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Keywords

  • water governance
  • climate change
  • water inequalities
  • integrated urban water frameworks
  • water–energy–food nexus
  • ecosystem services
  • drought
  • water demand
  • integrated water resourcemanagement
  • sustainability

Published Papers (4 papers)

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Research

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17 pages, 6253 KiB  
Article
Hydrological Modeling of Aquifer’s Recharge and Discharge Potential by Coupling WetSpass and MODFLOW for the Chaj Doab, Pakistan
by Muhammad Aslam, Muhammad Arshad, Vijay P. Singh and Muhammad Adnan Shahid
Sustainability 2022, 14(8), 4421; https://doi.org/10.3390/su14084421 - 08 Apr 2022
Cited by 5 | Viewed by 1753
Abstract
The estimation of the groundwater (GW) potential in irrigated areas is crucial for the sustainable management of water resources in order to ensure its sustainable use. This study was conducted in a selected area of the Chaj doab, Punjab, Pakistan, to quantify the [...] Read more.
The estimation of the groundwater (GW) potential in irrigated areas is crucial for the sustainable management of water resources in order to ensure its sustainable use. This study was conducted in a selected area of the Chaj doab, Punjab, Pakistan, to quantify the impacts of the pumping and the recharge on the aquifer therein. To that end, a groundwater flow model (MODFLOW) and a groundwater recharge model (WetSpass) were coupled to assess the conditions of the aquifer. The model was calibrated manually on twelve-year data (2003–2014) against the observed groundwater levels, and it was validated with five-year data (2015–2019). Three main scenarios (divided into ten subscenarios) were simulated for the future prediction of the groundwater: Scenario-I (to assess the impact of the pumping if the prevailing conditions of the years from 2003 to 2019 were to continue until 2035); Scenario-II (to assess the impact of the pumping on the aquifer by increasing the pumping capacity by 25, 50, 75, and 100% for the coming 10 years); and Scenario-III (to assess the impact on the aquifer of the decrease in the average groundwater recharge from the river by 50% by following the same pumping trend). The Scenario-I results show that there would be an 18.1 m decrease in the groundwater table at the end of the year 2035. The Scenario-II results predict decreases in the water table by 2.0, 5.5, 9.8, and 14.3 m in the year 2029 as a result of increases in the pumping capacity of 25, 50, 75, and 100%, respectively. The results of Scenario-III show that, with the decrease in the recharge from the rainfall, there would be a 0.7 m decrease in the water table, and that, from open-water bodies, there would be a 2.4 m decrease in the water table. These results are very helpful for determining the recharge and discharge potential of the aquifer. Full article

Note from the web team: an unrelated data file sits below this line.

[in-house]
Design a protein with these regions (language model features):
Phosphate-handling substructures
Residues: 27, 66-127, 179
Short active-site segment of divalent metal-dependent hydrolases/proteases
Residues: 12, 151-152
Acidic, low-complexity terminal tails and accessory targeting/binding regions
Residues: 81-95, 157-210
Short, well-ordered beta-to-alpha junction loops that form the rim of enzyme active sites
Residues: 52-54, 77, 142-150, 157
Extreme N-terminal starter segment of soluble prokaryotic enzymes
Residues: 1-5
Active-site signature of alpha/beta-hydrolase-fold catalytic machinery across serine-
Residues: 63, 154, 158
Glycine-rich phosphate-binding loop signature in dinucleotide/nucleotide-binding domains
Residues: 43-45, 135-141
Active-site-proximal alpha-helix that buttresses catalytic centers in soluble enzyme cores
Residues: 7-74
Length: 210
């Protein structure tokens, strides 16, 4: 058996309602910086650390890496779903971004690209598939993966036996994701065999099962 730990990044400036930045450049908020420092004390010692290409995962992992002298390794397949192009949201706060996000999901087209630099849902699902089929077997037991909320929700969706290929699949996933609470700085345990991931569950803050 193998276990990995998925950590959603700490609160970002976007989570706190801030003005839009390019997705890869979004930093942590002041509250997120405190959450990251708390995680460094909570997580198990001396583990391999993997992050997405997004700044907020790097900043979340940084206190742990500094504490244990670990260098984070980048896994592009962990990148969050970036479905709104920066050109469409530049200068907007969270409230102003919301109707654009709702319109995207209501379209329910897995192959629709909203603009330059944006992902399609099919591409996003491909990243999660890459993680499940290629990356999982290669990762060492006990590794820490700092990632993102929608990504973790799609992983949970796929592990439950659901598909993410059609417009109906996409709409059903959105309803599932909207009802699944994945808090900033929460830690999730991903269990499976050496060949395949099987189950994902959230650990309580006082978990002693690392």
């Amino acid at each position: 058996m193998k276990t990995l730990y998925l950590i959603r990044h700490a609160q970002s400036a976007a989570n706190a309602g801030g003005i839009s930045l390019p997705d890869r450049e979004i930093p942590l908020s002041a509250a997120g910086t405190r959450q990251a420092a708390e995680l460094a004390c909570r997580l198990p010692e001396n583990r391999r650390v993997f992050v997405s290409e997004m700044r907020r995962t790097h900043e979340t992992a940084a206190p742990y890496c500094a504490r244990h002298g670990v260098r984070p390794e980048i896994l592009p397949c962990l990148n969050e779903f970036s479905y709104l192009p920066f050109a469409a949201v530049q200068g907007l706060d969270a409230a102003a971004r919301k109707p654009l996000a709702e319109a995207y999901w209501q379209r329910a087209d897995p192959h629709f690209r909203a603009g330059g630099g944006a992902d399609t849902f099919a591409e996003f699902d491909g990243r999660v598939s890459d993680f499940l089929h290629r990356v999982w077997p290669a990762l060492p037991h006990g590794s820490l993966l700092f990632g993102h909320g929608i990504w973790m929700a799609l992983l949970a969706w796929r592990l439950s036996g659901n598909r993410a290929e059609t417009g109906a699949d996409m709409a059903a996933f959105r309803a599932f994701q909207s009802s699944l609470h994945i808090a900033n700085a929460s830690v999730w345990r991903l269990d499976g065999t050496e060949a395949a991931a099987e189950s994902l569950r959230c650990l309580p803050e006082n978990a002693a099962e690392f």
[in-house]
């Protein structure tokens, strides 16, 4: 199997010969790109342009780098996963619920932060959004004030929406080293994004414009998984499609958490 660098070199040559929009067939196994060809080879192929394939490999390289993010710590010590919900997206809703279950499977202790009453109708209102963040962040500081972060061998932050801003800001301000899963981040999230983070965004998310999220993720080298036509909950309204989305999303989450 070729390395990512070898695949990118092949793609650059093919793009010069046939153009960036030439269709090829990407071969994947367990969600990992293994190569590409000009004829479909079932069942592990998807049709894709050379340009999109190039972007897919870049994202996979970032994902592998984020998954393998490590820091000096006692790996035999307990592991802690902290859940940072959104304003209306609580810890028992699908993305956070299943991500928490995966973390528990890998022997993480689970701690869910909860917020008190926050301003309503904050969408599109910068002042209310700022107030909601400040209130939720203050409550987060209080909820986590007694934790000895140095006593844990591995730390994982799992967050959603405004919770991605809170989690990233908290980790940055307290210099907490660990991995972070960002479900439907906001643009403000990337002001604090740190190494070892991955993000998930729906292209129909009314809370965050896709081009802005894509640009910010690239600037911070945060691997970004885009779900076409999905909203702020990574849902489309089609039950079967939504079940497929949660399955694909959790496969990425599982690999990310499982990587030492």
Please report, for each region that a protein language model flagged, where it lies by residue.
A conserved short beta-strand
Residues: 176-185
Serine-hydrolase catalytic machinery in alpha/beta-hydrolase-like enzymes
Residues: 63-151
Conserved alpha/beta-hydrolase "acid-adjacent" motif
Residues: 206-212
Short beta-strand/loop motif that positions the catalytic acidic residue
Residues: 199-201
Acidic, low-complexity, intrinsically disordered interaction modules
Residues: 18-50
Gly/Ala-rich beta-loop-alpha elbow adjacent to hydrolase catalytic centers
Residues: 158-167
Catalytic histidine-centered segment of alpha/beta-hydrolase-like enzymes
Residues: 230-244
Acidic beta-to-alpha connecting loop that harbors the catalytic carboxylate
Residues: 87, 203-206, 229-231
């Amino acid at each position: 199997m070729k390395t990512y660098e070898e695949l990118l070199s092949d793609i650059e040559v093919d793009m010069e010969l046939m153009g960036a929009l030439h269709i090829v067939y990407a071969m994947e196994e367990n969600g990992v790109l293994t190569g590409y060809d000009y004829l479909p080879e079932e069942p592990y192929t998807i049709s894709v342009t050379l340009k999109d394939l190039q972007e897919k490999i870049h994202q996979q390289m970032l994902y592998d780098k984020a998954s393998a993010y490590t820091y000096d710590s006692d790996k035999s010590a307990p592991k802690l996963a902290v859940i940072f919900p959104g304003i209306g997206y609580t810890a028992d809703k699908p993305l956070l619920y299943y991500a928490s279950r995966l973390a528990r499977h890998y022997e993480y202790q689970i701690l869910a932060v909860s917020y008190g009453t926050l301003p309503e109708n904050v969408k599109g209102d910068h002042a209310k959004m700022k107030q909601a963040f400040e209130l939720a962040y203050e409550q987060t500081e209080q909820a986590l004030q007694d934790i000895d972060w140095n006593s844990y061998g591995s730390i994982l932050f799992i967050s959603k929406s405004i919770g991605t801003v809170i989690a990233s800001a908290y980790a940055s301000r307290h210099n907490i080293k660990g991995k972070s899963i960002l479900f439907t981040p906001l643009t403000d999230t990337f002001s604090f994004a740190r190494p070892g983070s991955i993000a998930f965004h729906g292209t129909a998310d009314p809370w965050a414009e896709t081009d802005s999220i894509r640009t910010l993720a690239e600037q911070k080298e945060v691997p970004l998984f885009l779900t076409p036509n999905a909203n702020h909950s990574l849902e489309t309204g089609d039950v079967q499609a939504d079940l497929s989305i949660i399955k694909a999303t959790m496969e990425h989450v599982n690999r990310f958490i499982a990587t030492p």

(This article belongs to the Special Issue Sustainable Water Resource Management)
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19 pages, 7024 KiB  
Article
Flexible Goal Programming for Supporting Lake Karla’s (Greece) Sustainable Operation
by Mike Spiliotis, Dionissis Latinopoulos, Lampros Vasiliades, Kyriakos Rafailidis, Eleni Koutsokera and Ifigenia Kagalou
Sustainability 2022, 14(7), 4311; https://doi.org/10.3390/su14074311 - 05 Apr 2022
Cited by 1 | Viewed by 1349
Abstract
Sustainable management is a prerequisite for a lake to provide a range of ecosystem services. The prioritization of needs is a difficult task, especially when the needs are in conflict and threaten water security. Lake Karla, situated in the Thessaly plain, Greece, was [...] Read more.
Sustainable management is a prerequisite for a lake to provide a range of ecosystem services. The prioritization of needs is a difficult task, especially when the needs are in conflict and threaten water security. Lake Karla, situated in the Thessaly plain, Greece, was decimated in 1957–1962; due to environmental impacts, it was later refilled as a multipurpose reservoir with high ecological significance. The research objective is to achieve a compromise with respect to both the economic benefits derived from agricultural water use and environmental protection based on the minimum intersection. For this purpose, first, new managerial practices are introduced. Second, the ideas are quantified based on the hydrological budget, and these are used as input for flexible (fuzzy) programming. Under hypotheses about the acceptable range, the (flexible) fuzzy programming is identical with the MINMAX goal programming model, although the weights are not used directly in the first case. An understandable compromise (the maximum economic benefit from irrigation areas and the minimization of water retention time) is achieved, and the values of the membership functions can be used to verify the solution. The proposed solution leads to a quantitative proposition, incorporating new findings from modeling the recent real operation of the reservoir. Full article
(This article belongs to the Special Issue Sustainable Water Resource Management)